It was August 4, 1975 while vacationing on the Greek island of Rhodes, a car driven by Maureen Plant flew over a precipice and slammed into a tree. It was a serious accident. Singer Robert Plant suffered a broken elbow and a shattered ankle. Doctors said that he may never be able to walk again. His wife's injuries were more serious. She had suffered a fractured skull and a broken pelvis.
This was a turning point for Led Zeppelin. With the band was riding high with six classic albums and filled stadiums, the band's luck had come to a screeching halt. With Plant unable to walk, any plans to tour were scrapped.
The tide had turned. Guitarist Jimmy Page wasn't giving up on Zeppelin's momentum. Unable to stay in England because the band was in tax exile, the band reconvened in the warm climate of Los Angeles were they rehearsed new material for the upcoming Presence. In October the band had moved to Munich, Germany to record the new album.
Recording the new album was nothing sort of a miracle. Robert Plant. still in a leg cast, recorded his vocals in a wheelchair. That didn't hamper the progress very much. The band shined under pressure. The highlight of the album was the phenomenal ten minute epic masterpiece "Achilles Last Stand". Plant's voice here just sails above the din, bringing a lyrical landscape of mythical proportions. Jimmy Page builds a guitar orchestra that is stacked up layers and layers of sound. Feels like one is hearing multiple guitar players instead of one. John Bonham-holy cow! His frantic drum rolls-rounding off his tom-toms, crashing into the cymbals is an air drummer's wet dream! John Paul Jones' thunder bass supplied more than ample rhythm.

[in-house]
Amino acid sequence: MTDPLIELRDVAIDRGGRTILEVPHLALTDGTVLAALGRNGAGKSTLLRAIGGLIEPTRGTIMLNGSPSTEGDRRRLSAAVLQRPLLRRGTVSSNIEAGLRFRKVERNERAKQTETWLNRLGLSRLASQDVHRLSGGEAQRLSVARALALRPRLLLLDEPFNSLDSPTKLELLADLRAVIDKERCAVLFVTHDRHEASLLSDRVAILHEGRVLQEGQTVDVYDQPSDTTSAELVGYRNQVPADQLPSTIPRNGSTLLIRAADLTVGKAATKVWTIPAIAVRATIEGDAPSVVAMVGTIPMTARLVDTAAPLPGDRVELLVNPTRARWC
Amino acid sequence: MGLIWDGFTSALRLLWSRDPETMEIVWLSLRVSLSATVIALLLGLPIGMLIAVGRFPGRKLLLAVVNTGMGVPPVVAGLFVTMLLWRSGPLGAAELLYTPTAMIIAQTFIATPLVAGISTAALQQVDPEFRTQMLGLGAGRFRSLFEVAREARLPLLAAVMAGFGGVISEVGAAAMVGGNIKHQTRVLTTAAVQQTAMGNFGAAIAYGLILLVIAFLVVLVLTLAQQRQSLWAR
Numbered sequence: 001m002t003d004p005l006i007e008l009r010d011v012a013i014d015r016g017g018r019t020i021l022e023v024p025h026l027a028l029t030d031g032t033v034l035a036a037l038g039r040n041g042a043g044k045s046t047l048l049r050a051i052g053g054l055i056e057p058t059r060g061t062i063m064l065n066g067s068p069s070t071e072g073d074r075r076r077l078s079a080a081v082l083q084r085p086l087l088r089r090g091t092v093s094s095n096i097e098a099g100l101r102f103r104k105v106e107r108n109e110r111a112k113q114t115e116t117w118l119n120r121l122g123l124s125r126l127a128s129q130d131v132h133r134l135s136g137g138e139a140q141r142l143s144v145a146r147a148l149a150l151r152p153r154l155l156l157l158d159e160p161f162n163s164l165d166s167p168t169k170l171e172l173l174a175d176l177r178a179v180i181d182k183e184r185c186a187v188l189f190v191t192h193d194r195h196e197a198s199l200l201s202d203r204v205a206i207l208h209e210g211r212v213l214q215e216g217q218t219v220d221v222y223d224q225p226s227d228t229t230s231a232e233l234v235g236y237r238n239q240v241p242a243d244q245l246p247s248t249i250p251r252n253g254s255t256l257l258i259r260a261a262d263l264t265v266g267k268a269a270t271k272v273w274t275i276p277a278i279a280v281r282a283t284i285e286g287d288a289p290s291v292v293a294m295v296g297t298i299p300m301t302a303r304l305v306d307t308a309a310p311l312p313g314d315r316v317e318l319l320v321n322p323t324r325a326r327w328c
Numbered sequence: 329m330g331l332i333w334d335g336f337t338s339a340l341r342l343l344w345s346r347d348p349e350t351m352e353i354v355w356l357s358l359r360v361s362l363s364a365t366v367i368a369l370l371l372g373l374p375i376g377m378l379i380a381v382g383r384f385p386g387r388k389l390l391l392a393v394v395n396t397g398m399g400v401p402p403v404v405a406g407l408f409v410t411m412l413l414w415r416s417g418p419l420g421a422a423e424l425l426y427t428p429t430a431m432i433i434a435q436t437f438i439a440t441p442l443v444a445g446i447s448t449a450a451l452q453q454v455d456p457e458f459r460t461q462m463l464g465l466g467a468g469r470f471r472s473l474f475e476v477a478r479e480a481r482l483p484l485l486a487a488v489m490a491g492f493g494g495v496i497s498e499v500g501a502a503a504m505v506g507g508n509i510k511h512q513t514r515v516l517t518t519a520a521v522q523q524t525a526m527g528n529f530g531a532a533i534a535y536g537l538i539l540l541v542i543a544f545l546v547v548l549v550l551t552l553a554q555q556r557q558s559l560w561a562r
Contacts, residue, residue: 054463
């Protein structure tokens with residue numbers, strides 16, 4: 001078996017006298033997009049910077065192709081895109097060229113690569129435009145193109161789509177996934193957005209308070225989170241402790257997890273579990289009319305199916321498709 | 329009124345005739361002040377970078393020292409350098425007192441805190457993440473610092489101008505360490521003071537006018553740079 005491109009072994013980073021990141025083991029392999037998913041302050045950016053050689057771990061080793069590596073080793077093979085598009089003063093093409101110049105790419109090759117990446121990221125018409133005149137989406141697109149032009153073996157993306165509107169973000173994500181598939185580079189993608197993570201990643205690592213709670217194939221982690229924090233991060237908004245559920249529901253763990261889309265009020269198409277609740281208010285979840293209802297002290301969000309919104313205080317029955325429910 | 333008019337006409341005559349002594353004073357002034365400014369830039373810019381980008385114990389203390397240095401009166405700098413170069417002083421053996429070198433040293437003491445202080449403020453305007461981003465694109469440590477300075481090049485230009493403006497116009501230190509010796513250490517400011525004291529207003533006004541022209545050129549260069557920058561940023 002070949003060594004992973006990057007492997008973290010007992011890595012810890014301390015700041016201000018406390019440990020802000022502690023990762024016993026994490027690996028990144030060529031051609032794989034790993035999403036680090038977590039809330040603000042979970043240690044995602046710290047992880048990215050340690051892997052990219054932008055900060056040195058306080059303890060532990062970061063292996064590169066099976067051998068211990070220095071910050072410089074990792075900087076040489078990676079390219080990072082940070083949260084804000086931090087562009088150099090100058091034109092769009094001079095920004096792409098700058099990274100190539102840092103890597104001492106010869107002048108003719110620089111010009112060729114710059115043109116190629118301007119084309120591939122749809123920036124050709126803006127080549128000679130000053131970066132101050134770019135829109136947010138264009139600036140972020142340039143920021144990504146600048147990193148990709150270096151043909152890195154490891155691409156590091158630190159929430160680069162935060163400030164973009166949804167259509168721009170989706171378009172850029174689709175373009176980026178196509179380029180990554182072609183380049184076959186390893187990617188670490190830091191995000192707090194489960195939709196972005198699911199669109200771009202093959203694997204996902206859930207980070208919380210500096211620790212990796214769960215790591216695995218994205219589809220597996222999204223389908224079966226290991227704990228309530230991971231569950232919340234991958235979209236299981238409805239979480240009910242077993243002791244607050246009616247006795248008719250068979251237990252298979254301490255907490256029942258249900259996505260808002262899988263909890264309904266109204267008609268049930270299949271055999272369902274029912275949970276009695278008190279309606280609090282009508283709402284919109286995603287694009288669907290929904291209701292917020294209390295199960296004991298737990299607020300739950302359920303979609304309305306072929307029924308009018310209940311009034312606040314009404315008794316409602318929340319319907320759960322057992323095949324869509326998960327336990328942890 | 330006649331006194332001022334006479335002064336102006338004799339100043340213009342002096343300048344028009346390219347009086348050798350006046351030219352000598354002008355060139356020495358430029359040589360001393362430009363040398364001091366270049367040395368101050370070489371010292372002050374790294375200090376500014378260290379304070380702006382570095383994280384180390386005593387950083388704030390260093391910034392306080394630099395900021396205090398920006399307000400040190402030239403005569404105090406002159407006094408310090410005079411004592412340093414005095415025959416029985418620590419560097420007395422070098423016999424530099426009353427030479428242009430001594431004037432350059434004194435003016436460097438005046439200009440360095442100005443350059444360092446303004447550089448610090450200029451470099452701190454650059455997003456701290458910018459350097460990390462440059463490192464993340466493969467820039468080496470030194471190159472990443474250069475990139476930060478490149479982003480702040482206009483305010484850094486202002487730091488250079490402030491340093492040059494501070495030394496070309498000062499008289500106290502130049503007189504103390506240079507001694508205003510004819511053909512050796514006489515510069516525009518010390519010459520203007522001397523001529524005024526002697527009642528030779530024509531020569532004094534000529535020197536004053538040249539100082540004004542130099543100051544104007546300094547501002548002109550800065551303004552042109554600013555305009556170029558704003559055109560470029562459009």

The rest of the album may not fare as well as "Achilles", yet they are worthy of note. "Nobody's Fault But Mine" takes pages from an Blind Willie Johnson tune, is complete with a killer harmonica solo and cascading riffs. "For Your Life" takes a look at the somber side of cocaine overdose in Los Angeles. "Royal Orleans" pokes fun at John Paul Jones' nocturnal adventures in New Orleans two years earlier-something about "kissing whiskers". The last track of the album, "Tea for One", Plant pours out for the loneliness of being away from his wife and children.
All of this album was done in a mere three weeks!
This may not be the best Zeppelin album done, but it is a hell a lot better than many out there. My biggest complaint would be the lack of John Paul Jones keyboards here. In the hurried frame of mind, I guess that would be understandable. The next studio album would change that fact...
I'd highly recommend this album to any Zeppelin fan. Then again, every Zeppelin album is great to me....